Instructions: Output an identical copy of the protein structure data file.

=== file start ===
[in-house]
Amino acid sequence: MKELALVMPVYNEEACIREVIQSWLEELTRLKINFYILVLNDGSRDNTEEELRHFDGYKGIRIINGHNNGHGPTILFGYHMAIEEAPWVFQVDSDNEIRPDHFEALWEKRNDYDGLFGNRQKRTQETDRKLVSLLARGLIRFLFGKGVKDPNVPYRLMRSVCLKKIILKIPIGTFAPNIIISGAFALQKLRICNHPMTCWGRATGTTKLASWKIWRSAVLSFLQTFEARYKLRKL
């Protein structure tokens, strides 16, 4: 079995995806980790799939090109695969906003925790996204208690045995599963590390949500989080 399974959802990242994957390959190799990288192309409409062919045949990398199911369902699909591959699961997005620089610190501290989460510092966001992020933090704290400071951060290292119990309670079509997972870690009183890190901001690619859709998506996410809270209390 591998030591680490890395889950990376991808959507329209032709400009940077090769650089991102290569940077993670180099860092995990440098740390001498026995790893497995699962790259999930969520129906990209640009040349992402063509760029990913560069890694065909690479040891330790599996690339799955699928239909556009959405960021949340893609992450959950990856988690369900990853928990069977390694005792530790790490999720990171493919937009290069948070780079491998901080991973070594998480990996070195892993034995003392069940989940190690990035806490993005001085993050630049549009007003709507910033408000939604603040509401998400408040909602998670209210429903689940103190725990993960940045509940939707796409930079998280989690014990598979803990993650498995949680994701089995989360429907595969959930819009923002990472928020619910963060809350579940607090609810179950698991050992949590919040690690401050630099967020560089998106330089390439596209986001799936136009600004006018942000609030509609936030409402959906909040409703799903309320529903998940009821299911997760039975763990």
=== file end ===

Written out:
[in-house]
Amino acid sequence: MKELALVMPVYNEEACIREVIQSWLEELTRLKINFYILVLNDGSRDNTEEELRHFDGYKGIRIINGHNNGHGPTILFGYHMAIEEAPWVFQVDSDNEIRPDHFEALWEKRNDYDGLFGNRQKRTQETDRKLVSLLARGLIRFLFGKGVKDPNVPYRLMRSVCLKKIILKIPIGTFAPNIIISGAFALQKLRICNHPMTCWGRATGTTKLASWKIWRSAVLSFLQTFEARYKLRKL
């Protein structure tokens, strides 16, 4: 079995995806980790799939090109695969906003925790996204208690045995599963590390949500989080 399974959802990242994957390959190799990288192309409409062919045949990398199911369902699909591959699961997005620089610190501290989460510092966001992020933090704290400071951060290292119990309670079509997972870690009183890190901001690619859709998506996410809270209390 591998030591680490890395889950990376991808959507329209032709400009940077090769650089991102290569940077993670180099860092995990440098740390001498026995790893497995699962790259999930969520129906990209640009040349992402063509760029990913560069890694065909690479040891330790599996690339799955699928239909556009959405960021949340893609992450959950990856988690369900990853928990069977390694005792530790790490999720990171493919937009290069948070780079491998901080991973070594998480990996070195892993034995003392069940989940190690990035806490993005001085993050630049549009007003709507910033408000939604603040509401998400408040909602998670209210429903689940103190725990993960940045509940939707796409930079998280989690014990598979803990993650498995949680994701089995989360429907595969959930819009923002990472928020619910963060809350579940607090609810179950698991050992949590919040690690401050630099967020560089998106330089390439596209986001799936136009600004006018942000609030509609936030409402959906909040409703799903309320529903998940009821299911997760039975763990």